Montanile: An Option to Defeat ERISA Liens
Plaintiffs finally have their ERISA victory. With the increasing power the U.S Supreme Court has given to self-funded ERISA Plans, its decision in Montanile v. Board of Trustees of National Elevator Industry Health Benefit Plan, 136 S. Ct. 651 (2016) was a welcome surprise for plaintiffs. Prior to Montanile, beneficiaries had to rely on an in-depth review of the Master Plan, Summary Plan Description, Form 5500, and Schedules to confirm the usually strong reimbursement language was valid. Once confirmed, lengthy negotiations followed just to get a palatable result. While an in-depth review is still required prior to reimbursing any Plan, the Court provided another option in negotiations – the Montanile argument.
Montanile held that a plan should act fast to protect its right of subrogation and recovery because “equitable relief” under ERISA § 502(a)(3) is only available while the funds are in the participants possession. In the case, National Elevator (the “Plan”) paid $120,000 in medical expenses relating to a motor vehicle accident and participant Robert Montanile signed a reimbursement agreement affirming his obligations to reimburse the Plan from any recovery. Montanile obtained a $500,000 settlement and the Plan sought reimbursement of its paid claims. Montanile’s attorney refused to disburse funds to the Plan and notified the Plan that he was disbursing the funds to Montanile unless the Plan objected. The Plan did not respond and the funds were disbursed. Six months later, the Plan brought suit for recovery from Montanile’s general assets under ERISA § 502(a)(3). However, by the time the lawsuit commenced, Montanile had already spent his portion of the settlement funds on “untraceable items.”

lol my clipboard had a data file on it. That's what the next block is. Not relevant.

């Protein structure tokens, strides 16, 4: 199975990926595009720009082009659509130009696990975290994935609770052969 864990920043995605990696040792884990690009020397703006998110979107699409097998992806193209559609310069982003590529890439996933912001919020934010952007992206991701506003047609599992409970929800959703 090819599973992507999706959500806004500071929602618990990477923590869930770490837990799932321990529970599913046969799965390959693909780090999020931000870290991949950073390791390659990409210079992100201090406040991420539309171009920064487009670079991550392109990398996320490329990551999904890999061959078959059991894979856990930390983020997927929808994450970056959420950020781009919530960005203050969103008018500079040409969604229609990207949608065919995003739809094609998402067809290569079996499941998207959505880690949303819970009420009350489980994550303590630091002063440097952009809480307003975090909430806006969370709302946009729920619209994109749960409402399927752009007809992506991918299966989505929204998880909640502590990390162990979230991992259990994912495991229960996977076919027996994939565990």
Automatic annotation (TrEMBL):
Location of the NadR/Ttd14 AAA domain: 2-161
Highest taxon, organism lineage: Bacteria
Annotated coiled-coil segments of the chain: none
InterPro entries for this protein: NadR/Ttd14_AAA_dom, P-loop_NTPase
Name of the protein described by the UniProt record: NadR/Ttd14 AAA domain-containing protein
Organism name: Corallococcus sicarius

ERISA § 502(a)(3) provides that a Plan may bring a civil suit to “to obtain other appropriate equitable relief (i) to redress Plan violations or (ii) to enforce any provisions of ERISA or the terms of the plan”. Montanile held the term “equitable” depends on both the basis of the claim and the nature of the remedy sought. The Court found that seeking recovery from “specifically identifiable” funds in the participant’s actual or constructive possession is an equitable remedy. However, seeking reimbursement from the participant’s general assets was not an equitable remedy. Ultimately, the Court held that since Montanile spent his settlement prior to the Plan seeking reimbursement, he was not obligated to reimburse.
In Montanile, the Supreme Court provided participants with an argument when discussing reimbursement to a Plan. Plans typically have no interest in litigating their rights. Montanile might be a way to secure a previously denied reduction and avoid costly litigation.
Many firms don’t plan for lien resolution as early as they could. If you are anticipating an upcoming settlement, have settled cases which you’d like to disburse, or simply have questions about lien resolution such as when or how to begin, please contact us at 844-MED-LIEN (844-633-5436) and discover how Massive can deliver exceptional results for you.